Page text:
Former LSU basketball star Marcus Thornton struck out in his first at-bat in a charity softball game Friday night, but he figures to get an extra-base hit once NBA free agency begins.
Thornton, who was traded from the New Orleans Hornets to Sacramento in February, blossomed with the Kings. After not starting any of the 46 games in which he played with the Hornets, Thornton started 23 of his 27 games with Sacramento, and his minutes per game jumped from 16.2 to 38.1.
He took advantage of the opportunity by raising his scoring average from 7.8 to 21.3, his rebounding from 2.8 to 4.7, and his assists from 0.9 to 3.4. His shooting improved also as field goal percentage went from 41.0 to 45.0 and his free-throw percentage went from 75.8 to 80.5, though his 3-point percentage dropped slightly from 37.6 to 36.1.
“(The Kings) showed an interest in me when nobody else did at the trading deadline,” Thornton said before participating in the Celebrity/Sorta Celebrity Softball game. “I appreciate them every day for that, for giving me an opportunity to play. I just tried to seize the moment.”
Thornton said his end-of-season visit with coach Paul Westphal went well, but he doesn’t know exactly what the Kings’ plans are for him because he can’t speak with the organization during the lockout.
“That’s the hardest part,” Thornton said. “I’ve never experienced anything like this. I hope they come to an agreement and get it over with so we can get back to playing basketball, the thing we love to do.”
Thornton’s rookie contract, which he signed after Miami drafted him in the second round of the 2009 draft and traded him to New Orleans, expired at the end of June. He would be a restricted free agent under the terms of the old collective bargaining agreement, but there’s no way of knowing what that will mean under the new one.
In the meantime, Thornton said he’s doing pretty much the same things he would have been doing during a normal offseason - lifting weights and shooting jumpers. He’s been working out locally with two other former Tigers in the NBA - Tyrus Thomas (Charlotte) and Brandon Bass (Orlando).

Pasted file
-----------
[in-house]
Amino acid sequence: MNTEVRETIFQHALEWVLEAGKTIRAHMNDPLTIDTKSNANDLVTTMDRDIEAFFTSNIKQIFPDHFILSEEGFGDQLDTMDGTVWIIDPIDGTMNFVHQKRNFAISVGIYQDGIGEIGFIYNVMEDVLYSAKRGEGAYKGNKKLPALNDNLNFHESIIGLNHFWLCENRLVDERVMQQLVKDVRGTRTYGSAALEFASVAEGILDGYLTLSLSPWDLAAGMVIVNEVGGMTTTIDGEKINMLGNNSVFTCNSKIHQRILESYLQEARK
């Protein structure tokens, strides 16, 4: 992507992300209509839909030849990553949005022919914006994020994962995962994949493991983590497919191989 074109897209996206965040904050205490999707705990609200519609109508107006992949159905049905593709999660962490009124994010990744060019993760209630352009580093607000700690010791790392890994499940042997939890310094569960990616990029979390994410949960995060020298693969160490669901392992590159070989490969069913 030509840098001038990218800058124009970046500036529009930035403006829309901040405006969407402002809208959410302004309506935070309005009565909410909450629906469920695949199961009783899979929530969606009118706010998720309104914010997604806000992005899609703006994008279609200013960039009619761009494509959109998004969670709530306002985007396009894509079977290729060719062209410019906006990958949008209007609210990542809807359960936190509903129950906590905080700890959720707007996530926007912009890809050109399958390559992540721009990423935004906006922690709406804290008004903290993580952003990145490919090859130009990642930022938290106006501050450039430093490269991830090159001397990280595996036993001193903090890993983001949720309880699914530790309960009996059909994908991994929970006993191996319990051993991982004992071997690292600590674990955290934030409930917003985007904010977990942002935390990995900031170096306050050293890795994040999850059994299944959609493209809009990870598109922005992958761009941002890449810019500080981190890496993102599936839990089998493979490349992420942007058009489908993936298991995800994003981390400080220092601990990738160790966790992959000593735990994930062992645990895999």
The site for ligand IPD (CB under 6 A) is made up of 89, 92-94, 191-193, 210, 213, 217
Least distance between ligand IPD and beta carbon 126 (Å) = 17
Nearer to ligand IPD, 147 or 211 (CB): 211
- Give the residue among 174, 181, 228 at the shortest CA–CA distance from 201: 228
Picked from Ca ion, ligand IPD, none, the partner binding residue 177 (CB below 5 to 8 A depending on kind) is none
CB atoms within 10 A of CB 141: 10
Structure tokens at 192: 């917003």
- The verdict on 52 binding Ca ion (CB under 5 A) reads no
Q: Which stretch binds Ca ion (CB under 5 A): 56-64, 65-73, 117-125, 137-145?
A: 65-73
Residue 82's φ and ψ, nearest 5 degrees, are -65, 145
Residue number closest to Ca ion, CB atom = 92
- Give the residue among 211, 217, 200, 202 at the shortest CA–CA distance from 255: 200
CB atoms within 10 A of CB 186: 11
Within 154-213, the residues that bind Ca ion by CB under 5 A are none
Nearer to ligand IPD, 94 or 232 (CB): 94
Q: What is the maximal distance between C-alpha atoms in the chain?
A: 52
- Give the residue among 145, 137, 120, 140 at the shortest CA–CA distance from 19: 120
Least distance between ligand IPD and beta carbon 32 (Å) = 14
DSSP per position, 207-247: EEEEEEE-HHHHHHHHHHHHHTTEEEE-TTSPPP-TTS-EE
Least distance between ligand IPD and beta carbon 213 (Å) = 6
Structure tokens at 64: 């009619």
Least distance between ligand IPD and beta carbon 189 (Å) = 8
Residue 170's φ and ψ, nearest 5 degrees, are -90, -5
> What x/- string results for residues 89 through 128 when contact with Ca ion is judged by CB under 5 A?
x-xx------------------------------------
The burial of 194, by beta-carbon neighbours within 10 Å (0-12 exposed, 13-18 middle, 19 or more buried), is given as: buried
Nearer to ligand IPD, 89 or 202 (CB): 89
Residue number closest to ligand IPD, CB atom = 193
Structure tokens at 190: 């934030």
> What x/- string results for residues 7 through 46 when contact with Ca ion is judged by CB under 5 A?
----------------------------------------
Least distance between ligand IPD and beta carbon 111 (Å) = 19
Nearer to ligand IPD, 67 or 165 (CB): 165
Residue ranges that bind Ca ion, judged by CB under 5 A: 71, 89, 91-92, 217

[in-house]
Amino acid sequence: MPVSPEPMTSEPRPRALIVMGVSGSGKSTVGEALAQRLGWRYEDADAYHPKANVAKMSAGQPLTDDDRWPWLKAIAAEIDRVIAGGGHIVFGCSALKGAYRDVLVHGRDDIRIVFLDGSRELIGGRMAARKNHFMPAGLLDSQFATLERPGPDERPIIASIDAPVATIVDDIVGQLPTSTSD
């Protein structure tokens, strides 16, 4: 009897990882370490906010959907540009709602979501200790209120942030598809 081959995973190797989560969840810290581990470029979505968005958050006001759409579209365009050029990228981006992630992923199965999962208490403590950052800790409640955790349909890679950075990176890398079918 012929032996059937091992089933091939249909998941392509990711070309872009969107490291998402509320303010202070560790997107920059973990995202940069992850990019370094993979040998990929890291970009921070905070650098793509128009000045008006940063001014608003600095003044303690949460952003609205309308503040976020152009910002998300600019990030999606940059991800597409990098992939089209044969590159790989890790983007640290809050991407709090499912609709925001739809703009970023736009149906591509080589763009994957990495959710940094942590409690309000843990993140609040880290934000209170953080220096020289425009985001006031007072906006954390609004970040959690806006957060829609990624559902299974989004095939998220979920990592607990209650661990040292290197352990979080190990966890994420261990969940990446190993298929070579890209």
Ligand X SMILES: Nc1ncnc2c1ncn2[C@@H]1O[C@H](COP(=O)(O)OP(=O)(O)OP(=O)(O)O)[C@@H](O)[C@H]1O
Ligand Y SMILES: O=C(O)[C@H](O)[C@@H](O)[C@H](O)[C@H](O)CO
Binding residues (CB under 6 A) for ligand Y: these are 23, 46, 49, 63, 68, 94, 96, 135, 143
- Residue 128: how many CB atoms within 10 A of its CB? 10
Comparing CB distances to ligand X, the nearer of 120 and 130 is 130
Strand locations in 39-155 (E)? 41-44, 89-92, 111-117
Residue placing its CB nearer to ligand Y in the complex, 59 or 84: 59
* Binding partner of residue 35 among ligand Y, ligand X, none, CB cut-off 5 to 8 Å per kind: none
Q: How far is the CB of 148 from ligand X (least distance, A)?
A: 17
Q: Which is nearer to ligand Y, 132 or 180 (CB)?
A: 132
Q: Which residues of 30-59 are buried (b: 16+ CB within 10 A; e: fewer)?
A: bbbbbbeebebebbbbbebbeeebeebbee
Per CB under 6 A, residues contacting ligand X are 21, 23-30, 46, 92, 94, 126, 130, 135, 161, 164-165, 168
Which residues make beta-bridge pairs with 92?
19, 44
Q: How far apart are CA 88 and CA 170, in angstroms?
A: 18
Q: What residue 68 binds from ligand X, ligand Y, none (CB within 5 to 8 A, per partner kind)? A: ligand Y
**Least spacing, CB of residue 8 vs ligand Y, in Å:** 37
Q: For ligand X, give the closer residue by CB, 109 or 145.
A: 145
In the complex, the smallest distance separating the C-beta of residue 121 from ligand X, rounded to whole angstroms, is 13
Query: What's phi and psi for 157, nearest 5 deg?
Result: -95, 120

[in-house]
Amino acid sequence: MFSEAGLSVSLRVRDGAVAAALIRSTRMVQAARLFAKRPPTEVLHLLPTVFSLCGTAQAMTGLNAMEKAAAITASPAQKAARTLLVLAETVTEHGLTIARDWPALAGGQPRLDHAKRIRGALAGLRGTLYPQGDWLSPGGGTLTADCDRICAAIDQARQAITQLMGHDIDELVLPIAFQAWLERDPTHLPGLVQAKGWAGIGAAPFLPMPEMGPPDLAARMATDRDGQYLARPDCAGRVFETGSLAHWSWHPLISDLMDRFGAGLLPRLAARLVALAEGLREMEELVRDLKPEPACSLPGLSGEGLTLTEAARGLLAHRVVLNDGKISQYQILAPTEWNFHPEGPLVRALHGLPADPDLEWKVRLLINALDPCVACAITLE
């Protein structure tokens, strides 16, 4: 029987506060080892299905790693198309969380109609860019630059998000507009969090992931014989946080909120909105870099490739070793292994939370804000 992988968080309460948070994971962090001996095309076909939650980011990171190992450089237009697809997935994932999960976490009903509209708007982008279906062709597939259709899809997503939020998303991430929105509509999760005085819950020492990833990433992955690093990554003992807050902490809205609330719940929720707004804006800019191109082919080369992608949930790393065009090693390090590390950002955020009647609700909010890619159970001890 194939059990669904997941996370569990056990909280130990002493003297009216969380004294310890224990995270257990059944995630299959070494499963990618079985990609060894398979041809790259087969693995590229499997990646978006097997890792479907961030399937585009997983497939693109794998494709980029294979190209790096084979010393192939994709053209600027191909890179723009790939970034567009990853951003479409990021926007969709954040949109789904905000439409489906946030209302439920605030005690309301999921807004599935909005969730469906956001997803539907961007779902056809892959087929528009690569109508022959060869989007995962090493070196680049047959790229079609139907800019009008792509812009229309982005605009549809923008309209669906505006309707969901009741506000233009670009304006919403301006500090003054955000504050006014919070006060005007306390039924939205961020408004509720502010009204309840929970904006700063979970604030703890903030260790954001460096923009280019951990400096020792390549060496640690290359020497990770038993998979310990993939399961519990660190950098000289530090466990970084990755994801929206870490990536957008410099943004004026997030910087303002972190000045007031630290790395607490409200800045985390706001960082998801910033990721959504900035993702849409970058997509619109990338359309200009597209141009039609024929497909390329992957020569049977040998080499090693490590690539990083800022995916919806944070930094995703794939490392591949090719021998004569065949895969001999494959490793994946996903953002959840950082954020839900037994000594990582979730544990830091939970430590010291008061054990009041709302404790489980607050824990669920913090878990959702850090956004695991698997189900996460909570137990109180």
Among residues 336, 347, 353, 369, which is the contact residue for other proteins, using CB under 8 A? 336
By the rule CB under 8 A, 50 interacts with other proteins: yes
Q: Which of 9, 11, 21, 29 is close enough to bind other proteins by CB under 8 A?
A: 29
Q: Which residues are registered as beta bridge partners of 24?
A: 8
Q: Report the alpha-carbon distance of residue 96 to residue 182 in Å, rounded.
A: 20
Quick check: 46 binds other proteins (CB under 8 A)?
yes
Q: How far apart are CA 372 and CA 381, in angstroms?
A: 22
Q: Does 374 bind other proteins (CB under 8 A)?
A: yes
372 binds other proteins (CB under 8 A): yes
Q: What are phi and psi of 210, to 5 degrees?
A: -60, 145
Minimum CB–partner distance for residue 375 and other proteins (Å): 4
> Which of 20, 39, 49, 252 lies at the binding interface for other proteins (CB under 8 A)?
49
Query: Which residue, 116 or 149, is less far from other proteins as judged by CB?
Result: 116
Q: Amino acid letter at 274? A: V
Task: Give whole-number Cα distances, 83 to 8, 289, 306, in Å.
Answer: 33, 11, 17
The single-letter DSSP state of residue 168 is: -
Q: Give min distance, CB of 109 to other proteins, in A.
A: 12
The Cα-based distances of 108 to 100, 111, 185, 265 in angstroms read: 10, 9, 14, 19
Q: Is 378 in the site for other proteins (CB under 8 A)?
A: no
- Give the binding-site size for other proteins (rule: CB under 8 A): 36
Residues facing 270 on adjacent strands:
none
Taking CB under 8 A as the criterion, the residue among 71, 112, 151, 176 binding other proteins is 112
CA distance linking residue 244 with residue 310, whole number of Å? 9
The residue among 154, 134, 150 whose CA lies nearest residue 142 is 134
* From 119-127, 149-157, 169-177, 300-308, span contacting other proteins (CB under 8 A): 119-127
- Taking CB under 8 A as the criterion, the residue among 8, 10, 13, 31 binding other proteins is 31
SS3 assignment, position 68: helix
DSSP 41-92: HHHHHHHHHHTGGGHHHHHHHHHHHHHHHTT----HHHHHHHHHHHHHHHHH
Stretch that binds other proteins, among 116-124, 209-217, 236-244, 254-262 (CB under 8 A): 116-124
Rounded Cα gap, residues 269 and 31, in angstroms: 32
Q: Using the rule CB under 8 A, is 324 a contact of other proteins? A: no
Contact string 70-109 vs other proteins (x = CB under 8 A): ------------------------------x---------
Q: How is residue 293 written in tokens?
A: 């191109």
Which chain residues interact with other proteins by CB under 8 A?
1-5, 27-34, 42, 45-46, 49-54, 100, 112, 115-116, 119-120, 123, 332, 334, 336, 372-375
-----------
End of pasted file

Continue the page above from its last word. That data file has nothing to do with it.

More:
“I’m just staying in shape,” Thornton said, “and whenever the lockout ends, I’ll be ready.”
Thornton said there’s no way to anticipate where he might end up next season.
“I’m looking for a team that is really interested in me,” he said, “a team where I can go in and help them win right away.”
Thornton had a solid rookie season with the Hornets, starting 17 of 73 games and averaging 14.5 points in 25.6 minutes. But he never found a consistent role under new coach Monty Williams last season.
“Everything was good,” Thornton said. “It’s a business in the NBA. I was shocked because New Orleans is just like Baton Rouge, it’s my home, but I knew things like that go down in the NBA.”
The trade of Thornton brought forward Carl Landry to New Orleans, which proved to be a good acquisition after David West suffered a season-ending knee injury with 10 games left in the regular season. That made Landry a starter and key player during the Hornets’ stretch run.
“It was a great opportunity for me, and it was great opportunity for Carl too, to step in and play right away,” Thornton said. “I think it worked out for both players.”
Thornton wouldn’t rule out a return to New Orleans in free agency, but he said every team is a theoretical possibility.